Hello LRN, hello list,

I really appreciate your technical view and, of course, the GNUnet
Project is mostly about technical issues. My question, however should be
seen as an exemption. What some deem an philosophical question really
might define GNUnet's scope.

Even before asking how to prevent inhumane deeds (I avoid the terms good
and bad, when I can, as laid out in the foregoing conversations), the
question is whether or not to prevent inhumane deeds. Your line of
arguments seems to me that if GNUnet's current infrastructure is not
supporting to prevent anything then a discussion about preventing
inhumane deeds is obsolete.

IMHO goals come before means. GNUnet's infrastructure is a means to an
end, too, that must be defined beforehand. Who knows? Perhaps most
contributors of the GNUnet Project choose to not prevent anything from
being done. Only after they have decided to prevent something, it would
become relevant to ask further how to prevent it including to change the

Best Regards,

On 10/10/2016 09:23 PM, LRN wrote:
> On 11.10.2016 3:26, Jan Eichstaedt wrote:
>> Dear Stefan,
>> As far as I have read, people here have very different opinions and
>> preferences. I still have no idea about the stance of the majority of
>> the active project members.
>> All the specifics and even the bold idea of a self-government are
>> distracting, because here on the help-gnunet list the objective is
>> simply to find an answer to my initial question. Obviously I'm not the
>> one who can answer this.
> Not a core GNUnet developer, but here's my take on this, from the technical
> standpoint.
> GNUnet is an infrastructure for storing and transferring information. It
> has multiple mechanisms for doing so, the most well-known ones are blocks
> (what is used for actual file-sharing) and DHT (used for many things). The
> following is *mostly* about block transfer mechanism (i'm not very familiar
> with DHT).
> Therefore, GNUnet can only do anything about transferring/storing information.
> A GNUnet node can see information being transferred to/from it, it can do
> that transfer and store that information, or refuse to do so. That's it.
> The power GNUnet nodes have is only related to information, and is limited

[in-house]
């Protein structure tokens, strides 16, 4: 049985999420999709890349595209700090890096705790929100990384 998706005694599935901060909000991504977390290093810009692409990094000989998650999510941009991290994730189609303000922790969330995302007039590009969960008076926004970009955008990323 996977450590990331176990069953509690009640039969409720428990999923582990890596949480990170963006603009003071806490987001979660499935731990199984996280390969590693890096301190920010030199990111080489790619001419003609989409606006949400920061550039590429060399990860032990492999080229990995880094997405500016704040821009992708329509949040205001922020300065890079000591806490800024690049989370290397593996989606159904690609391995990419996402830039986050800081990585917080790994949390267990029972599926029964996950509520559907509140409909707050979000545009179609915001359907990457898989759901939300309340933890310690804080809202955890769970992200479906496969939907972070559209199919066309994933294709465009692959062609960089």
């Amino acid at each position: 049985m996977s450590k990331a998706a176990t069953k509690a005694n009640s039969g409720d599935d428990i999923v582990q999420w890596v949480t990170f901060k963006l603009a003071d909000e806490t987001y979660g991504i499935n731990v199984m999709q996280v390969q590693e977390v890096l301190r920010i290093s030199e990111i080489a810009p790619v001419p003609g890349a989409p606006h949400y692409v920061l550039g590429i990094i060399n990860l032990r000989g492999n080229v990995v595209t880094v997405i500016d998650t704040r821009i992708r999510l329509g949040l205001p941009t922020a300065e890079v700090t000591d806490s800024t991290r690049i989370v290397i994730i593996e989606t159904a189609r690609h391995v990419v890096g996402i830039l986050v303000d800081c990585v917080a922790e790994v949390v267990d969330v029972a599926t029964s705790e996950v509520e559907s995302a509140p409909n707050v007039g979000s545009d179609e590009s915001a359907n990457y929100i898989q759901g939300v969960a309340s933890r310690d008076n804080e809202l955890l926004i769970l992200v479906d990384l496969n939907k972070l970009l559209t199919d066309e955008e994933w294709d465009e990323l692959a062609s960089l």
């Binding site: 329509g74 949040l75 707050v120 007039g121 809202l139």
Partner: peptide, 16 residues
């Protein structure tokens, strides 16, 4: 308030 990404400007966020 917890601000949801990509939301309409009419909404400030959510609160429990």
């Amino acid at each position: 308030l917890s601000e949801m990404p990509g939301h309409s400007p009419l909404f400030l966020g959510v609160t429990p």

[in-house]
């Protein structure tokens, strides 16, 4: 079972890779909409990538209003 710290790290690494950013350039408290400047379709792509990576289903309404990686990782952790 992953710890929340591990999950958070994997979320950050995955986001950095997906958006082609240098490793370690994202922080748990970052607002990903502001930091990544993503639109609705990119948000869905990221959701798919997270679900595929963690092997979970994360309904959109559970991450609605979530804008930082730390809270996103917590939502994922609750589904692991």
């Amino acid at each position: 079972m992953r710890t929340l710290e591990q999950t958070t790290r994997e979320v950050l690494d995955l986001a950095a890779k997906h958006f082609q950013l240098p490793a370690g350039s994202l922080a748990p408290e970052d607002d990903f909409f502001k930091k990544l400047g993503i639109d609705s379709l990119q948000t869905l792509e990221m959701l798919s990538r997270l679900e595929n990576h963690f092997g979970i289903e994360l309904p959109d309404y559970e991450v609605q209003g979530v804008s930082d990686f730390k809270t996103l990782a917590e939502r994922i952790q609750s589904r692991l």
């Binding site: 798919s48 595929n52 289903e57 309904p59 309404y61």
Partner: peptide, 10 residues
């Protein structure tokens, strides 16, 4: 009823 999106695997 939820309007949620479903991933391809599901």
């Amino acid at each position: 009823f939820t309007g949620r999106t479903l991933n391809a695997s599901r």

> to themselves. One GNUnet node can't affect another GNUnet node directly.
> This can be used for the following:
> 1) Finding who is transferring/storing a particular bit of known information.
> 2) Preventing a particular bit of known information from being
> transferred/stored.
> And both are only possible if GNUnet nodes voluntarily do that (there's no
> central authority that can coerce them into doing that), and, most
> importantly, the "known" word used above means that the information that
> needs finding/stopping must be found out somehow (found out *precisely*,
> you can't do keyword filtering or anything like that), and then
> disseminated among GNUnet nodes that willingly participate in the effort of
> finding/stopping it.
> Thus i see the following problems:
> 1) If information is being transferred in secret, it can't be found out,
> and thus can't be stopped. Secret transfers are perfectly possible and are
> a reasonable technique for some threat models. It requires a number of
> nodes working together and sharing some kind of secret piece of information
> (a hash, a non-trivial keyword) established prior to their communication,
> or have a way to secretly communicate outside of GNUnet.
> As long as all participants keep the secret, the information that they
> transfer can't be decrypted and singled out as something that warrants
> attention.
> 2) If information is found out, then there's the matter of deciding whether
> it should be stopped or whether its source should be identified (which, by
> the way, requires immediate action; if you wait too long, information can
> be spread across the network, and you'll never find the originating node;
> again, a very tight group of conspiring nodes can disseminate information
> through the network in complete secrecy, then make it more widely known;
> this can be countered only by having total surveillance over the network,
> i.e. storing all information transfers on all nodes for later analysis,
> which is expensive and no one will do that for you). Who gets to decide
> that? The best thing i can come up with is a Web of Trust-like model where
> each node gets a censorship list from some other, trusted (actually
> trusted) nodes. This may or may not be done inside GNUnet, i'm not sure.
> 3) Because information must be known precisely for it to be stopped, simply
> salting it will break any attempts at censorship. As long as there's a way
> for the "bad" nodes to find out the new hashes without tipping off the rest
> of the network (or the parts of it that decide what should be censored),
> this is simply an unwinnable game of whack-a-mole (see (1)). Also, this
> will make censorship lists grow exponentially - again, making it
> impractical for participating nodes to censor information. Or the
> censorship lists must be very short-lived.
> As long as "bad" nodes behave themselves, it's not possible to prevent them
> from communicating, because "badness" of information they transfer can only
> be determined when information is decrypted (for which the decrypting node
> must be clued in) and when that information is evaluated by humans (because
> AI does not exist, yet). This is intentional, because "bad" is subjective
> (as pointed out previously on this thread).
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